For most of us, the sight of houseflies zooming around the kitchen or executing precision landings on top of freshly baked bread unleashes a primal urge to kill, maim, or dismember these germy little creatures. Not so for Rafaſ Żbikowski and his colleagues [see " Fly Like a Fly" in this issue], who want to know how these insects are able to carry out their aerial acrobatics. The researchers are taking the lessons they learn from Musca domestica to try to build something called a micro air vehicle, or MAV, a tiny flapping-wing robot that could be used for military reconnaissance, disaster rescue efforts, or other kinds of work requiring remote sensing.

Nothing succeeds like success. And houseflies have plenty of it to share. At low speeds, for example, the fly can outmaneuver any human-built craft, reaching speeds of up to 50 kilometers per hour and accelerations of 3 g's. And it can fly straight up, down, or backward, and somersault to land upside down on a ceiling.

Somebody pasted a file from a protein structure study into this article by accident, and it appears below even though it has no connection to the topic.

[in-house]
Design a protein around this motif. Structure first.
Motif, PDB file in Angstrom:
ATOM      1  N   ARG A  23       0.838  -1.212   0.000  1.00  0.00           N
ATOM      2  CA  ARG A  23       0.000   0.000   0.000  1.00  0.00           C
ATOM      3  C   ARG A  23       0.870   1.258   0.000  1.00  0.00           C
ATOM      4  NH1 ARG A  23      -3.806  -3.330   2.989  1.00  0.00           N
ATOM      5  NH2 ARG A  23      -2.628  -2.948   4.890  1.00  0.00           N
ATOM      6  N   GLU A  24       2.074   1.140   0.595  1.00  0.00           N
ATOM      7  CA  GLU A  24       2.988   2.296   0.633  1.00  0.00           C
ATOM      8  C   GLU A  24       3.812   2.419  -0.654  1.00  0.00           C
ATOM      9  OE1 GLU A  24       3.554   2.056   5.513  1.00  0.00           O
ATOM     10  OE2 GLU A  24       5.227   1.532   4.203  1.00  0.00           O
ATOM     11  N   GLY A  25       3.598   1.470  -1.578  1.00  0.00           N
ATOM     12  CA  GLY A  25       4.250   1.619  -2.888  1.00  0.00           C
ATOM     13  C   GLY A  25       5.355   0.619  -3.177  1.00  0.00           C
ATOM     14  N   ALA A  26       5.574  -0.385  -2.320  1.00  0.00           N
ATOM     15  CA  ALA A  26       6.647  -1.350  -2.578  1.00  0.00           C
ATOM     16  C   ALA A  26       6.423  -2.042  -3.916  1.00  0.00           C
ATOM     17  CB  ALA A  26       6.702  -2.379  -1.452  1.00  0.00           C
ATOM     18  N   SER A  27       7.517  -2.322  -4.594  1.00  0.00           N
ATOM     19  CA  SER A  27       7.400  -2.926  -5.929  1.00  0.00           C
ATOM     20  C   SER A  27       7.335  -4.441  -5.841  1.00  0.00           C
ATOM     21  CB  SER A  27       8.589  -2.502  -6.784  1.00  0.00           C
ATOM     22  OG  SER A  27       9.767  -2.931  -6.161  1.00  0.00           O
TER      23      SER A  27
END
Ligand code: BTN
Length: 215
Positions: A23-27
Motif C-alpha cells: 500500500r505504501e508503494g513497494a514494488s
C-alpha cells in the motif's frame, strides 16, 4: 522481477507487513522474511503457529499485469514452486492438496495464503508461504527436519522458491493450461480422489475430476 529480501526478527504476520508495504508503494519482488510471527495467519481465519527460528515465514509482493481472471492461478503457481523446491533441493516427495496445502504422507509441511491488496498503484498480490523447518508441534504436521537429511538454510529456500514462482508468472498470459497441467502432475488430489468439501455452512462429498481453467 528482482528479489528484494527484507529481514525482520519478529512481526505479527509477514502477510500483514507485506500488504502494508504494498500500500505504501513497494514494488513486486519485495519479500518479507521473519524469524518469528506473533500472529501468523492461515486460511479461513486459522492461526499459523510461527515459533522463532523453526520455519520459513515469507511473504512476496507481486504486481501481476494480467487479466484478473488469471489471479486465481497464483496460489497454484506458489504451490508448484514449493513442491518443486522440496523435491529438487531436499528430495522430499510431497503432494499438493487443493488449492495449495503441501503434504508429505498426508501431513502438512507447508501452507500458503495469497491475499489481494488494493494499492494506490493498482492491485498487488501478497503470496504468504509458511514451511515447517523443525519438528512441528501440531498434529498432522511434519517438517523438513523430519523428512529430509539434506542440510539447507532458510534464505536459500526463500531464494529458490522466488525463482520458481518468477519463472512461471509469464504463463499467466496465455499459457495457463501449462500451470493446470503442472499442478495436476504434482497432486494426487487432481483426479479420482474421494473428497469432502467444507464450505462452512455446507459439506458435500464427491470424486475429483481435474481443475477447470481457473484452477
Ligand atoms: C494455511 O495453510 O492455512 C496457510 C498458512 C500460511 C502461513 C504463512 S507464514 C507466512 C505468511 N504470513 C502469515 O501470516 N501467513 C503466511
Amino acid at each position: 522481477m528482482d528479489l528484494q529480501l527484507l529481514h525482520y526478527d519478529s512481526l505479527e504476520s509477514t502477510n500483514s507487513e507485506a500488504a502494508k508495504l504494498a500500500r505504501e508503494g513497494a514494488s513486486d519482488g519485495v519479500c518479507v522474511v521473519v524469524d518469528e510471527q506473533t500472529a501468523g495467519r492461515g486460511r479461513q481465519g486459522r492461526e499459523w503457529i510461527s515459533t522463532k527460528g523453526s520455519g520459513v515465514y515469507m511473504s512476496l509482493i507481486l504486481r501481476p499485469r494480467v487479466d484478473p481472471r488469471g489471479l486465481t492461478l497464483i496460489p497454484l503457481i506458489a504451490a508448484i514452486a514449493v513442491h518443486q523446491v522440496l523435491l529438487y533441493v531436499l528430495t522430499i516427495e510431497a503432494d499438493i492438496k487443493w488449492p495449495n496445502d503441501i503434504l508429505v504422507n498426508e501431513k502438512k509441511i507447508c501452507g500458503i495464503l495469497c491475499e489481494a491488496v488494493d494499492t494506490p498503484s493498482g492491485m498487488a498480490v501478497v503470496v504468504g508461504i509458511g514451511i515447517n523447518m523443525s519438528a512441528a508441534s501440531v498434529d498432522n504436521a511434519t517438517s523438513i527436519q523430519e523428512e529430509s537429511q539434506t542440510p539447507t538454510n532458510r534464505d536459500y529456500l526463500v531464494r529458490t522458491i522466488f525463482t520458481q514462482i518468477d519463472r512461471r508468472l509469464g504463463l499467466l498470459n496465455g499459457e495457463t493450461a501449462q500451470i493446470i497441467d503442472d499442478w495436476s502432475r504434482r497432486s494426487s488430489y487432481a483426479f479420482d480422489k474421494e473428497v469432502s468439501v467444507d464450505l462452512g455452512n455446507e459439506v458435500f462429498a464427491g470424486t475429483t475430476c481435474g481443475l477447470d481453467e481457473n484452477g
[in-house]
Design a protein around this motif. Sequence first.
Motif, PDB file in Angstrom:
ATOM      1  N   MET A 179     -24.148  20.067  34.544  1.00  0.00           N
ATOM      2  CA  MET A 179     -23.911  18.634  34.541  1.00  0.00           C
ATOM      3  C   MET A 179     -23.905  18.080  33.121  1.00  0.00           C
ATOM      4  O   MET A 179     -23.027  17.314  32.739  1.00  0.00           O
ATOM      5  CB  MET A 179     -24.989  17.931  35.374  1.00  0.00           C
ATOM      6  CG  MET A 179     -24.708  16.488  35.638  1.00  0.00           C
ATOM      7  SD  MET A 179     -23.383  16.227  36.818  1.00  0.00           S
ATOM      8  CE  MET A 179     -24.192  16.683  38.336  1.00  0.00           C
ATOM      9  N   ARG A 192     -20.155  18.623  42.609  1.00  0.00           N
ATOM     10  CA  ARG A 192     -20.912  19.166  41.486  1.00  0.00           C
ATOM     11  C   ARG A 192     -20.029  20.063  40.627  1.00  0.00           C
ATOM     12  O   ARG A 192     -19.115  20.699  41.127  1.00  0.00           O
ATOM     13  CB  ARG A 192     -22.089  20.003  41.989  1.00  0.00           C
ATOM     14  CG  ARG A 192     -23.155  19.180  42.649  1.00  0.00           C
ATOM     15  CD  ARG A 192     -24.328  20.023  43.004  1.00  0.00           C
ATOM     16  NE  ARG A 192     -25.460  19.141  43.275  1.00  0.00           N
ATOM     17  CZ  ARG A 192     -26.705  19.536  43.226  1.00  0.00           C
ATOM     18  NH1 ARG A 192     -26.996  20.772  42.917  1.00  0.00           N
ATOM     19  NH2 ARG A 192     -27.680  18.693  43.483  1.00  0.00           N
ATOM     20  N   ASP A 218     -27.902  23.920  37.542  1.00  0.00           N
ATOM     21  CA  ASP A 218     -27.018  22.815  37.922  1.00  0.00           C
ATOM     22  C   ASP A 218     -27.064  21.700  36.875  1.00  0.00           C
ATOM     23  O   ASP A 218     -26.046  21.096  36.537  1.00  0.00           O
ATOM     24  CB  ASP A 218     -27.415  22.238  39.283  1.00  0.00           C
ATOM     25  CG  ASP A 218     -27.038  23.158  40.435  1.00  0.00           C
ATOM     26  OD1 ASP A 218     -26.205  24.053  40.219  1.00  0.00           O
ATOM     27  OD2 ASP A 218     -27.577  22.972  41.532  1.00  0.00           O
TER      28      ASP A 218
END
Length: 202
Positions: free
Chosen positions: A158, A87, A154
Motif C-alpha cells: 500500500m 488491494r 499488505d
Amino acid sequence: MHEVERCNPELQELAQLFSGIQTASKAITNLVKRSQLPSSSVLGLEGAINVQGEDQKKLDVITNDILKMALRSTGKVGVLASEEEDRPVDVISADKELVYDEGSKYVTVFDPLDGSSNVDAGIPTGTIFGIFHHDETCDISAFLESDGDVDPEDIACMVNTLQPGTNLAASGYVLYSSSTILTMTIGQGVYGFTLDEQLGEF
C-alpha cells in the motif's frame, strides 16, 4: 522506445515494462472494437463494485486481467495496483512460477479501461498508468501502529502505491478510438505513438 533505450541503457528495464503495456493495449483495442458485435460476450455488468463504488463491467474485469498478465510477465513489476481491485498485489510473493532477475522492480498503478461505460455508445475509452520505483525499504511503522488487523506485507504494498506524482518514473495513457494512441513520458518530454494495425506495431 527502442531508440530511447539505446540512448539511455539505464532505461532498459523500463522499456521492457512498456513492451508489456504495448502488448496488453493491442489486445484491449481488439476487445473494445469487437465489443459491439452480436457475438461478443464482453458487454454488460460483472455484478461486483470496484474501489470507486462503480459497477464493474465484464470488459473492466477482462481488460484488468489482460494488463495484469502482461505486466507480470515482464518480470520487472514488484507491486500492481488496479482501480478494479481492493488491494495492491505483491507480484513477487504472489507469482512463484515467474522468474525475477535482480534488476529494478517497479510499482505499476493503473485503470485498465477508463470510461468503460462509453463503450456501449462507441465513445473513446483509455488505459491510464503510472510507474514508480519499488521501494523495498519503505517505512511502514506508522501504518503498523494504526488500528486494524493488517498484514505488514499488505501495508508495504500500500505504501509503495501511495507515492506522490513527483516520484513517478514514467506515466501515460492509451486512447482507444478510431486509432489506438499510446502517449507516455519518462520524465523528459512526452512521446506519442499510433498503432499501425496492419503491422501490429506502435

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Two men fix metal rods to a gold-foiled satellite component in a warehouse/clean room environment

Technicians at Northrop Grumman Aerospace Systems facilities in Redondo Beach, Calif., work on a mockup of the JWST spacecraft bus—home of the observatory’s power, flight, data, and communications systems.

NASA

For a deep dive into the engineering behind the James Webb Space Telescope, see our collection of posts here.

When the James Webb Space Telescope (JWST) reveals its first images on 12 July, they will be the by-product of carefully crafted mirrors and scientific instruments. But all of its data-collecting prowess would be moot without the spacecraft’s communications subsystem.

The Webb’s comms aren’t flashy. Rather, the data and communication systems are designed to be incredibly, unquestionably dependable and reliable. And while some aspects of them are relatively new—it’s the first mission to use Ka-band frequencies for such high data rates so far from Earth, for example—above all else, JWST’s comms provide the foundation upon which JWST’s scientific endeavors sit.

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